5 Reasons to Visit Málaga Province

0
655


Málaga province is one of the most popular areas to visit in Spain. These are just 5 reasons why you should visit and explore this fascinating part of Spain.

Experience the Renaissance of Málaga

When I first moved to Spain over 12 years ago, I wrote an article about why Málaga was more than just an airport. Few people had really considered visiting our province’s capital, it was just the place from which they travelled onwards – usually along the coast. Not anymore.

Málaga has experienced a renaissance. It has turned from a port city to a beautiful, buzzing hub with artistic flair, gorgeous architecture, wonderful bars and restaurants, and an atmosphere that can’t be beaten.

The city is bursting with history. The only Pompidou museum outside France is here. A revamped harbour with bars, restaurants and shops is a great place to hang out, people (and boat) watch, and enjoy a cocktail as the sun sets. There are fiestas, an August feria, some of the best Christmas light displays in Europe. Mountains and countryside, beaches, sports, art…the list goes on.

The likes of American Vogue, The Independent, The Telegraph and other illustrious publications are also championing Málaga as one of the places to visit in 2023. You wouldn’t want to miss out, would you.

Hiking and Cycling

Visit Málaga - Los 100 Caños

Los 100 Caños

Take a gentle amble along the coastal board walk. Or for the more energetic tackle the steep mountain paths of the Axarquía or Sierra de Mijas. A mid-way is to explore the interior of the province around Antequera and Archidona. Head for the countryside around Villanueva del Trabuco where water flows from Los 100 Caños, before dining in style at one of Toma & Coe’s favourite restaurants, Arxiduna in Archidona.

Málaga may not have an official Via Verde (Green Way), but there are plenty of routes along disused railtracks for hiking and cycling. A Toma favourite is from Periana in Málaga’s Axarquia to Zafarraya where Málaga and Granada provinces meet.

Old Towns and White Villages

Sedella - white village

Sedella in Málaga’s Axarquía

Marbella may be known for the glamour of the jet set, but its Old Town takes you back in time. Wander the maze of whitewashed back streets, with their boutique shops, bars and restaurants. Similarly, the Old Town of Estepona just along the coast, has the feel of Spain from yesteryear and is a great place to stop outside the ‘Golden Mile’ of Marbella and Puerto Banús.

Head into the mountains anywhere in Málaga province and you’ll stumble across whitewashed villages, many with spectacular views. Frigiliana and Casares were named as two of National Geographic’s 100 most beautiful villages list, and definitely worth a visit.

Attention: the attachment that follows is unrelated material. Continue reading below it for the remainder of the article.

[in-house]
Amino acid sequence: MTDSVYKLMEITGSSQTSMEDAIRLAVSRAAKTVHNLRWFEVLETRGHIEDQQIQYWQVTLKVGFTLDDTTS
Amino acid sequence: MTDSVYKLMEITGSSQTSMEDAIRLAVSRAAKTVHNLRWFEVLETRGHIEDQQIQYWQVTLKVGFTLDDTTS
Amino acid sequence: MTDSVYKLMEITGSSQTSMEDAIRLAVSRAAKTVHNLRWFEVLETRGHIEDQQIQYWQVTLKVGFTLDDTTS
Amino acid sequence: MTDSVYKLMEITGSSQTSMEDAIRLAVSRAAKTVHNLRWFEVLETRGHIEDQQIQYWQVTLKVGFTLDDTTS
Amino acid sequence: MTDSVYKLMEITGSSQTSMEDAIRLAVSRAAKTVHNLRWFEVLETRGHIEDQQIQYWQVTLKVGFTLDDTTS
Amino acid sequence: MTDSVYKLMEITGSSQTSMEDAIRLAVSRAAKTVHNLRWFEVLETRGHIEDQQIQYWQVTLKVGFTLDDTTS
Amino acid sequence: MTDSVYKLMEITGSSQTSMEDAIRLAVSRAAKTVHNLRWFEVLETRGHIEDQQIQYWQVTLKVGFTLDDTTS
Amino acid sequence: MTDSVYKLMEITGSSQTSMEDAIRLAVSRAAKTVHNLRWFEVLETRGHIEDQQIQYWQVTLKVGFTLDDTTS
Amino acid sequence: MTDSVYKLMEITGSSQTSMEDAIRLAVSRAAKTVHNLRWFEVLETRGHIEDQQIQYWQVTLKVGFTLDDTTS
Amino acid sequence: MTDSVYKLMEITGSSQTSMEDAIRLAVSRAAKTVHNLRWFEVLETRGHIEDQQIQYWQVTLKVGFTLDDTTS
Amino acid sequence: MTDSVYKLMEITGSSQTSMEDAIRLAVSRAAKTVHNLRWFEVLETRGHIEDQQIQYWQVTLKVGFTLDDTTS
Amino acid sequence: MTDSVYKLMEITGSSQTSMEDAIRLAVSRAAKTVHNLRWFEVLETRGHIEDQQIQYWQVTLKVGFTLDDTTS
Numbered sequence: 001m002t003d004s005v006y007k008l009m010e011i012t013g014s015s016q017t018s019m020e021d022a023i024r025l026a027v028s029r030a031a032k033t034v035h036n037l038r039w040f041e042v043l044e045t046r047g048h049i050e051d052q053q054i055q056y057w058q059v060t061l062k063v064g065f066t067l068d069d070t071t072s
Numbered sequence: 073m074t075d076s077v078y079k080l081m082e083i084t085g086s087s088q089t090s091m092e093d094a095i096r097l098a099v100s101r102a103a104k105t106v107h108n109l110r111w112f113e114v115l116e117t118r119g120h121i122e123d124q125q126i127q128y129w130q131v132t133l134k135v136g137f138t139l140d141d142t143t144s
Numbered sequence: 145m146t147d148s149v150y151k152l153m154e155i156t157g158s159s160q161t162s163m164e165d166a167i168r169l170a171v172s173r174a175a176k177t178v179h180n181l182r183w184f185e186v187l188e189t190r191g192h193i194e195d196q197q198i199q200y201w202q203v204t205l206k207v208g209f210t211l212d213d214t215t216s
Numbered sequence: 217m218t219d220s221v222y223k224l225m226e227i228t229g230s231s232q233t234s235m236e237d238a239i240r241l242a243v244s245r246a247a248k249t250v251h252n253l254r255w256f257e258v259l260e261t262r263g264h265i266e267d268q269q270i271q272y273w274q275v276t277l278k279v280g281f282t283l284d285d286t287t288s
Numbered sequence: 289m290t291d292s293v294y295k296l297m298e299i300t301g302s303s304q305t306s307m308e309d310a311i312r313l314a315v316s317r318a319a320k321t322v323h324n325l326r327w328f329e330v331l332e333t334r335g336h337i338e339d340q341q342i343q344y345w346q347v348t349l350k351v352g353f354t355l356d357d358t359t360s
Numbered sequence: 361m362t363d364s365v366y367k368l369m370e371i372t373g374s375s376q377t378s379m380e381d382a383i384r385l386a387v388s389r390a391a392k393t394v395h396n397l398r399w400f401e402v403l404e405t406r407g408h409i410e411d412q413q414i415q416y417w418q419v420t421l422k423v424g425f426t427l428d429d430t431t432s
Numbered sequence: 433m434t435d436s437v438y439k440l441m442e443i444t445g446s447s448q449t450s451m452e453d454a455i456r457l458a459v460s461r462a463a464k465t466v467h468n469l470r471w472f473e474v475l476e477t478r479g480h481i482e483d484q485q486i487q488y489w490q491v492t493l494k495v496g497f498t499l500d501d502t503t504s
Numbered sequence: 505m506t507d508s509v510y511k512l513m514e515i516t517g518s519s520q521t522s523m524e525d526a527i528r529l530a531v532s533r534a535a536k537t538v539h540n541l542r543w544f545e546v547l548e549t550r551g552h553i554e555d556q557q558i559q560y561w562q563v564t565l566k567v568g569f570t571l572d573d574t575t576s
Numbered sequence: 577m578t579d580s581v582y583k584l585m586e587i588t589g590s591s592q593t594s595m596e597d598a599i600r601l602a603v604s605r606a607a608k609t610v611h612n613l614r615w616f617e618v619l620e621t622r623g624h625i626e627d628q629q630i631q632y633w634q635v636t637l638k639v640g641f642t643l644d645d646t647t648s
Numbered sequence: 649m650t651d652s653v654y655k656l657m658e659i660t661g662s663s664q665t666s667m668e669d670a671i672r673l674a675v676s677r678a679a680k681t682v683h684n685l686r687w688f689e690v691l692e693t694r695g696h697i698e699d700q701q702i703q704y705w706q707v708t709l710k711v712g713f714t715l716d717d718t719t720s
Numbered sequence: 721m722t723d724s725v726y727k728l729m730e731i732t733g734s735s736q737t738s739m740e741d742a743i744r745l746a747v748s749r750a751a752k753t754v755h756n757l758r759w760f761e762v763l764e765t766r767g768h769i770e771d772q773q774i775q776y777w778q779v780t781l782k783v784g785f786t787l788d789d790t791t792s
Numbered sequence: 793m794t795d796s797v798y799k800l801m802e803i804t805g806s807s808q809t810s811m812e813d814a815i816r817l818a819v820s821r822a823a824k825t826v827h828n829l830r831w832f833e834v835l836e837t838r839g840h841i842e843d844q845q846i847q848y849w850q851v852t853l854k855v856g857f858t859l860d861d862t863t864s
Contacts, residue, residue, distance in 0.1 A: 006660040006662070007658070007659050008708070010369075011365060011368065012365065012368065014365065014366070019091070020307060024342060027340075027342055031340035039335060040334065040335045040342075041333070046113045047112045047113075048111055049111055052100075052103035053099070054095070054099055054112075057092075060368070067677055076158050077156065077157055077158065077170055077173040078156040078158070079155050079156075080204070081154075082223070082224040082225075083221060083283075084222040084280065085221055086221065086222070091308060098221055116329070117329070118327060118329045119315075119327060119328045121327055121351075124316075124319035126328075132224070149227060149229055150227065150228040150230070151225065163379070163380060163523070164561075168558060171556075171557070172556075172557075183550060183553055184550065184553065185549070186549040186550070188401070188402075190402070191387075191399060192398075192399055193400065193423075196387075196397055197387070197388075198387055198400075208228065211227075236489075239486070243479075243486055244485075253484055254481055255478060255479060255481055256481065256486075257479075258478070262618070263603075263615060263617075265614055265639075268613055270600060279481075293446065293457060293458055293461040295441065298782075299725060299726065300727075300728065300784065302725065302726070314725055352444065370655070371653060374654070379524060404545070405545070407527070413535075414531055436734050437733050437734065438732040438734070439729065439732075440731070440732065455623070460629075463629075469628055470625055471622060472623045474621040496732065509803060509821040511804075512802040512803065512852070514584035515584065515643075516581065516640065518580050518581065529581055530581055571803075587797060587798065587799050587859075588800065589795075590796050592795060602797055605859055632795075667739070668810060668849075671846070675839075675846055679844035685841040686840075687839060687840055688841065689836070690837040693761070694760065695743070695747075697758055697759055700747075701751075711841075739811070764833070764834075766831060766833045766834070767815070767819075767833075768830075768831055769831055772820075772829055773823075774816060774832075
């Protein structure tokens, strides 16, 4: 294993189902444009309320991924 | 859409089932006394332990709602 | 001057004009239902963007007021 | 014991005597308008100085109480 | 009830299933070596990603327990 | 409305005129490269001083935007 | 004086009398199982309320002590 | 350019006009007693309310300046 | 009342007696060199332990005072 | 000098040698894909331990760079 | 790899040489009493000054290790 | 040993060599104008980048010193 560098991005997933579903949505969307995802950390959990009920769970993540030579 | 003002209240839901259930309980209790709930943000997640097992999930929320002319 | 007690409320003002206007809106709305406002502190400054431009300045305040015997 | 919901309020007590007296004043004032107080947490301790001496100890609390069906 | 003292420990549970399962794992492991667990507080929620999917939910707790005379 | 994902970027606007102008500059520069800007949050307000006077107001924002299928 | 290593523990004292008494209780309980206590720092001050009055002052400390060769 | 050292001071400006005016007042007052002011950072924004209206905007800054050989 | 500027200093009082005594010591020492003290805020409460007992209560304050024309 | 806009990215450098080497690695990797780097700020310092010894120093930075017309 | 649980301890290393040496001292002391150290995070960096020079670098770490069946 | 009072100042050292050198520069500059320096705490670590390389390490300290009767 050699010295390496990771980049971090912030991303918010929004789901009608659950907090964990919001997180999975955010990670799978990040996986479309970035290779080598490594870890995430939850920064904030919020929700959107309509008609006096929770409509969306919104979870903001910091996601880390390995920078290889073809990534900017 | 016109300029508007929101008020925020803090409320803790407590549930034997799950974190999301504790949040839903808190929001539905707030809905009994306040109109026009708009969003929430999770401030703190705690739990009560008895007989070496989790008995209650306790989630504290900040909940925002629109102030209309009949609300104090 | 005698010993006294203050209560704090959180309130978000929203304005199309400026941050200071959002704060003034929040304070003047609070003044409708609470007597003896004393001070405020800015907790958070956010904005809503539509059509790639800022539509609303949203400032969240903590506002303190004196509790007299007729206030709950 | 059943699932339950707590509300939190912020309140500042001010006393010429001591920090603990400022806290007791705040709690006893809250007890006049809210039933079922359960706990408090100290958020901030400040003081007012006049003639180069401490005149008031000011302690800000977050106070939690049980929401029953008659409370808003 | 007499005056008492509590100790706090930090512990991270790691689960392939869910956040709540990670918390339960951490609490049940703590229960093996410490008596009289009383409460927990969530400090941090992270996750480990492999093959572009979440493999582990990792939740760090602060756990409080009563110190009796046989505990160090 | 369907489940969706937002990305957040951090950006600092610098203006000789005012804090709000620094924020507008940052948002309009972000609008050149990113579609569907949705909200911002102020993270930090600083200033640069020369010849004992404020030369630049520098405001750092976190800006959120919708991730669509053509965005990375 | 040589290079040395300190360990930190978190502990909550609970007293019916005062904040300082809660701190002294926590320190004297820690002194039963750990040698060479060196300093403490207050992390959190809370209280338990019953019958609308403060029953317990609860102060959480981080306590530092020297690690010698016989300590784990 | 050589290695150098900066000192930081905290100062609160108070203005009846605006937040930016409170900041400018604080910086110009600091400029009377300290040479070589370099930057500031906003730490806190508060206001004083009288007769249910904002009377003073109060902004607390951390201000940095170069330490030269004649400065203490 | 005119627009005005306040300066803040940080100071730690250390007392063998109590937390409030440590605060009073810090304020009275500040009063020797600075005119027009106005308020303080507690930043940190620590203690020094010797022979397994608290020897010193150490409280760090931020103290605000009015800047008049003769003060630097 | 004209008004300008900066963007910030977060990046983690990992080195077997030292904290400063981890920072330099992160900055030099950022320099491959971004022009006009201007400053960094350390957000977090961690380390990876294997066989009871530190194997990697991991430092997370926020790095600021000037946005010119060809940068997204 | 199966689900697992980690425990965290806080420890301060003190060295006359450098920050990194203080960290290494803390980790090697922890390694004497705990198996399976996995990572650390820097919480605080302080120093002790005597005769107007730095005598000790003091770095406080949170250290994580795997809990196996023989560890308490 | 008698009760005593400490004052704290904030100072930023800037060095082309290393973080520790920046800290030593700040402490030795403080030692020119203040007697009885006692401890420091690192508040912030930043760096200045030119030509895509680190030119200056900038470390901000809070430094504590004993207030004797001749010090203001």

Picasso and Málaga art

Picasso art

2023 is known as a Picasso Year as it marks 50 years since the artist’s death. Born in Málaga, Pablo Picasso was a natural artist, creating incredible works from a very early age. To celebrate his life and work, Málaga is one of the main destinations this year for the official expositions.

However, any year is a good year to visit Málaga and visit the house of his birth, the Picasso Museum exhibiting a number of his works, and even to get a selfie sat next to his statue in the pretty Plaza de la Merced.

And Málaga isn’t limited to one master. The art galleries which abound in this elegant seaside city cover centuries of local and international art.

Toma & Coe has self-guided and guided art tours of Málaga, both of which allow you to soak up the artistic ambience, and also enjoy a tapas or two.

Centuries of Flavour

Malaga food

Gastronomy or Culinary Travel is definitely ‘a thing’. And where better than Málaga to take your tastebuds on a journey through the centuries.

Málaga has been inhabited since Phoenician times, and its cuisine has grown with the times. Along with dishes dictated by the land, sea and climate, invaders have also brought their flavours with them, think spices from North Africa courtesy of the Moors.

Chiringuitos (beach restaurants) cook their fish over an open fire. Mountain villages serve up chivo in salsa almendra (kid in almond sauce). Traditional tapas with an ice-cold beer are a great way to ease yourself into a night of food and fun.

But Málaga cuisine, like time, has not stood still; variations on the province’s flavours abound in Michelin-starred and modern restaurants. Take a trip to Málaga, your tastebuds will thank you for it.

 

To help you make the most of your time in Málaga, contact Toma & Coe. We can arrange extended tours, day trips or guided tours taking in the best our province has to offer.





Source link

LEAVE A REPLY

Please enter your comment!
Please enter your name here